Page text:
Ocean Poetry

Midori Evans

Midori Evans, the founder of Midori Creativity, weaves together work as a community creativity-builder, photographer, writer, musician, and creativity coach. She is now in her third year curating and growing Meditations on Landscape, a festival of community, creativity and landscape art. She has run Artists Share!, a free monthly gathering for artistic connection and critique since 2019, is the originator and coordinator of Westport Writes!, a participatory writing experience for the town of Westport, and helped found the Westport Writers Group.  This year welcomes her curation of The Landscape About Us, a published South Coast anthology by local authors and photographers that includes her own work.  A lifelong creative explorer, Midori has written four articles in books about creativity coaching and writing, loves to travel and draws on the inspiration of the natural world in her work.  

This workshop deals with writing poetry by using images from the ocean. A variety of photographs, charts, maps, and more will be handed out. For example, we will look at a map of the world's oceans, along with a tidal chart. As a class, we will have a conversation about how presenting the world from an ocean-oriented viewpoint rather than a land-oriented viewpoint shifts our perspective. Does this change our understanding of our world? We will design a writing idea together from this conversation. Items from the seaside will be set on a table. Participants will work in small groups and will use the five senses to describe items through verbal and written descriptions: Tidal Charts, Ocean Maps, World Map of One Ocean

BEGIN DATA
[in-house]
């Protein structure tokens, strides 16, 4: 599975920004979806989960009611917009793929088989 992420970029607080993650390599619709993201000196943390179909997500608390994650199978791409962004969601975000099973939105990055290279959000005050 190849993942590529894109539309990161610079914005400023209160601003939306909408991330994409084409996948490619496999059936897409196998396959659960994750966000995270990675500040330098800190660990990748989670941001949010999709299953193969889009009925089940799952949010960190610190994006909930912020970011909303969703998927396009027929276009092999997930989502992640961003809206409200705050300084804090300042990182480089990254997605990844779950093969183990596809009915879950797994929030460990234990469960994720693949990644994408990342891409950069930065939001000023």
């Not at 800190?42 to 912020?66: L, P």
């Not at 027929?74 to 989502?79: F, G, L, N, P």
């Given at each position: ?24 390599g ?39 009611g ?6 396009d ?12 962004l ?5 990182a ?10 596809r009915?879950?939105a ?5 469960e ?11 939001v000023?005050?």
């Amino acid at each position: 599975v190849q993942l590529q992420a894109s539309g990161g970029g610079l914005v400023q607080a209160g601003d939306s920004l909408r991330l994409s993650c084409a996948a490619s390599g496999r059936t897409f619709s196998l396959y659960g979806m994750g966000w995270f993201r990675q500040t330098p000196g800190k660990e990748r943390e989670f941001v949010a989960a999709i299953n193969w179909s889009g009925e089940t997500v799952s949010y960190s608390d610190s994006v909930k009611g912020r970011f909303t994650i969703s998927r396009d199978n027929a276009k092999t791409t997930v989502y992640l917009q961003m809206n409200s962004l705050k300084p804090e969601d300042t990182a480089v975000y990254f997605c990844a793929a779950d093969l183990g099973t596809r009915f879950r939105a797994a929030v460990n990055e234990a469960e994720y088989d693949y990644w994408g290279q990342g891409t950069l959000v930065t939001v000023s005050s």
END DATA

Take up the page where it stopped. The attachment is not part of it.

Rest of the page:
In conjunction, we will read two poems. Each participant will be given a printed copy of The World Below the Brine, by Walt Whitman, and Song of the Sea to the Shore by Robert Fanning. Then write a written response to the following prompts.  

The World Below the Brine, by Walt Whitman
To write your response, students need to choose an ocean-dwelling creature or plant and create a world where that creature/plant lives, with the complexity of a human life.  Describe this world through scene or character description.

Song of the Sea to the Shore, by Robert Fanning
To write a response to this poem, students will be asked the following question:  So why have I felt I've reached you—as two reflected stars, surfaced, lie near—as if the sky's close element is one in me, where starfish cleave to stones—if you're so far?

Participants will leave this workshop with a better understanding of using imagery to create vivid mental pictures and sensory experiences through sight and words.


Workshop: 2 ½ hours

The cost is:  free

What to bring: Items from the ocean, beach, notebook, writing implement, and an imagination.

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